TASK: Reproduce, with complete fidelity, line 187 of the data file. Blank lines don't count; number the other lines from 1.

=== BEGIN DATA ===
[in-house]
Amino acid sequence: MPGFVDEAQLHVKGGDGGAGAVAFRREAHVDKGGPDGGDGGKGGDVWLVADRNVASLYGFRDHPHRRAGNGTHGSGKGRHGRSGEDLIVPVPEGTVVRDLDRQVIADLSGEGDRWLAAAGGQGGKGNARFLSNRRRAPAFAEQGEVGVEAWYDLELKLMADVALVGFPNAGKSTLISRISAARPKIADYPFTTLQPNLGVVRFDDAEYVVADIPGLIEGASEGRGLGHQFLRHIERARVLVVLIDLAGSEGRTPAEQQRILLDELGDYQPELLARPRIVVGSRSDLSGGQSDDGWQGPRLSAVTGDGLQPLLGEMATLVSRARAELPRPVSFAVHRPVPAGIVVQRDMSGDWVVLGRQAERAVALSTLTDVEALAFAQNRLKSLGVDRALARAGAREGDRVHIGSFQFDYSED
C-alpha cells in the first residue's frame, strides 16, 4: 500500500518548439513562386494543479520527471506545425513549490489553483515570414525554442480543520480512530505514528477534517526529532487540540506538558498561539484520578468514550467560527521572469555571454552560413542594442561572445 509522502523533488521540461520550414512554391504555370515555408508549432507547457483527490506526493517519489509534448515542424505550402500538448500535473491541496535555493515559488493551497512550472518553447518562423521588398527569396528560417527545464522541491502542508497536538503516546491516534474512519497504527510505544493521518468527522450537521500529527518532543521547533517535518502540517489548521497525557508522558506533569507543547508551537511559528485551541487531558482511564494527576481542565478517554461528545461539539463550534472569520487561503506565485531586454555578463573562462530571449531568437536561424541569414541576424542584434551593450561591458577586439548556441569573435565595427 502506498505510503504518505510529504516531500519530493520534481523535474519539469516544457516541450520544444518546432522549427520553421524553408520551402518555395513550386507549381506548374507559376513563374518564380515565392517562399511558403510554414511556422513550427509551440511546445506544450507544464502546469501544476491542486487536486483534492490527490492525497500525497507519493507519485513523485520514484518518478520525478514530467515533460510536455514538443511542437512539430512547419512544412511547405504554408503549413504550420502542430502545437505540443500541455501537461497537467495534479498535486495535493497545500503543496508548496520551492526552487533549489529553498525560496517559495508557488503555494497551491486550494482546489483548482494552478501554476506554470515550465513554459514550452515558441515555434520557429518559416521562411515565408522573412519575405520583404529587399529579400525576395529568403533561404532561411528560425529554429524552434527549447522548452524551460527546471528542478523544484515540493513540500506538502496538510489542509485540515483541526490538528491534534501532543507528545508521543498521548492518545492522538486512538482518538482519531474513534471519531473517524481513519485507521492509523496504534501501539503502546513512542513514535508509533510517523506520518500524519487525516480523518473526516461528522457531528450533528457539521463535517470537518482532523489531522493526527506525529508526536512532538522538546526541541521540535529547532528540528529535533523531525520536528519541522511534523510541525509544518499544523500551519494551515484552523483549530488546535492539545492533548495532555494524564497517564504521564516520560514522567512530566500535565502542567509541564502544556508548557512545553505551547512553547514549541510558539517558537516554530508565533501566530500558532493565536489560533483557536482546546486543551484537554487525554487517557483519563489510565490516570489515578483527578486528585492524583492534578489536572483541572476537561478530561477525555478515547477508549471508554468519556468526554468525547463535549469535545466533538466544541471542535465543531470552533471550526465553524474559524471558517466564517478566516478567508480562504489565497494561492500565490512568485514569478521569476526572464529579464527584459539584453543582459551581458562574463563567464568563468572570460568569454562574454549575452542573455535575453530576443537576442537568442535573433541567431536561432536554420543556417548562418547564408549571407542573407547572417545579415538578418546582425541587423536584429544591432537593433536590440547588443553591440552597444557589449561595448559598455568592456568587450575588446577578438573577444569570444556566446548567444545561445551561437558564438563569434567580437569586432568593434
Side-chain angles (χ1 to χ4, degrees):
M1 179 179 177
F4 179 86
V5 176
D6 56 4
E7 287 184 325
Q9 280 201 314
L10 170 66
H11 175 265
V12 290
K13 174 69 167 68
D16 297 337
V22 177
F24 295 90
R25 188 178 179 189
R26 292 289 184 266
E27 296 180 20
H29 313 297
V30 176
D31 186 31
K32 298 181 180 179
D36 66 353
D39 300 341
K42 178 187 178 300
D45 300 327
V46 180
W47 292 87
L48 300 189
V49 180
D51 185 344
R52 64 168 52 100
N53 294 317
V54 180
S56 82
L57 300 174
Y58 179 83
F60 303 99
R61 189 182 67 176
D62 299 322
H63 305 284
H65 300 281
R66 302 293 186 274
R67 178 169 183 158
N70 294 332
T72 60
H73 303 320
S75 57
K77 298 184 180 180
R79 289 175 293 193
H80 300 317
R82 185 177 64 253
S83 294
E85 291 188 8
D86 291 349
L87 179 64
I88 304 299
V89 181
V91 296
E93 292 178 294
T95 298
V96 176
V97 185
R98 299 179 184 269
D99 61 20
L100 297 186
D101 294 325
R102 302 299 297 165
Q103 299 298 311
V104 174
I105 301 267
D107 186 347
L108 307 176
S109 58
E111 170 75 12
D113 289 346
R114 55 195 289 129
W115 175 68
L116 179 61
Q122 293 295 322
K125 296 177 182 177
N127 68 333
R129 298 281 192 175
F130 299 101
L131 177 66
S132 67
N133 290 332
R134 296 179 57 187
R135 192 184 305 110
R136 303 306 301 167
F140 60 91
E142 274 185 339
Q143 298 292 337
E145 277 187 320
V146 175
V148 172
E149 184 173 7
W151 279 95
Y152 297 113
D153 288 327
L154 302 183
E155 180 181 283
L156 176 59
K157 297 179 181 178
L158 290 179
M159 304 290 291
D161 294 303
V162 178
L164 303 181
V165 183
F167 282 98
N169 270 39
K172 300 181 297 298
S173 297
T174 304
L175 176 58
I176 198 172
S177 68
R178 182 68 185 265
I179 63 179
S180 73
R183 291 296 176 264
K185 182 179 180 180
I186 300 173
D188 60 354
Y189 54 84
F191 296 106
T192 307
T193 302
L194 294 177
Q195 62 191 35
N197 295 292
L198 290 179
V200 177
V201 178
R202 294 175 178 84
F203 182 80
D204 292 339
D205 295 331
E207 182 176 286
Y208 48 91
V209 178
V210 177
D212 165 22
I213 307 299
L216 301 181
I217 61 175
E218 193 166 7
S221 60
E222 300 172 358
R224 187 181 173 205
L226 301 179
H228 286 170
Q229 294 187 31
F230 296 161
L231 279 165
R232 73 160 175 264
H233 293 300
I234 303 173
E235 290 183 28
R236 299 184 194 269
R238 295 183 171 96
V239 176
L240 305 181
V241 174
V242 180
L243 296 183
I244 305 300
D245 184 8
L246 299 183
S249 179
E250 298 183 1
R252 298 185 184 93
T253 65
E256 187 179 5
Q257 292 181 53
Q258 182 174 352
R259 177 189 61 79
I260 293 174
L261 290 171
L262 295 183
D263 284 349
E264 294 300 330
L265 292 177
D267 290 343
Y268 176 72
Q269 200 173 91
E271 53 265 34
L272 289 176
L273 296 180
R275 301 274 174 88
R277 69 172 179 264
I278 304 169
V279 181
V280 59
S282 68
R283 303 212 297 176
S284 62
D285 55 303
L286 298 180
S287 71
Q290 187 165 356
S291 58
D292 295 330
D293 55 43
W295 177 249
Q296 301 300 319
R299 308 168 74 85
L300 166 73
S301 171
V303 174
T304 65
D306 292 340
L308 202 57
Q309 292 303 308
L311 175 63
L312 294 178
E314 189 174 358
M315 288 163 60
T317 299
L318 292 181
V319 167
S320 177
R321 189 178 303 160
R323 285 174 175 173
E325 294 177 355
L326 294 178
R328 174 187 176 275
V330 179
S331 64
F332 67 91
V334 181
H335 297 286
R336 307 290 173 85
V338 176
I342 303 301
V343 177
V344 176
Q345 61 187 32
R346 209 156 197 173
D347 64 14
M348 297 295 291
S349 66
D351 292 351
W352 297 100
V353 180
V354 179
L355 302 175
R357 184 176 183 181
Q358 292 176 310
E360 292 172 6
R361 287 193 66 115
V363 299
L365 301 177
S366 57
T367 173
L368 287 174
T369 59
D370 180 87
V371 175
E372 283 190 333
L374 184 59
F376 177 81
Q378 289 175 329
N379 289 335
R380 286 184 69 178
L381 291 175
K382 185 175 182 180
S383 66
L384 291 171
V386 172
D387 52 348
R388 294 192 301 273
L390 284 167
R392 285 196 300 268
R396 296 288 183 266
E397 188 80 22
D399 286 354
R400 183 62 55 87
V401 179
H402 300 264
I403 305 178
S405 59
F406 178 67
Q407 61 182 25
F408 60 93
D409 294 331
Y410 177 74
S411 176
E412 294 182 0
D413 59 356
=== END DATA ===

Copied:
D267 290 343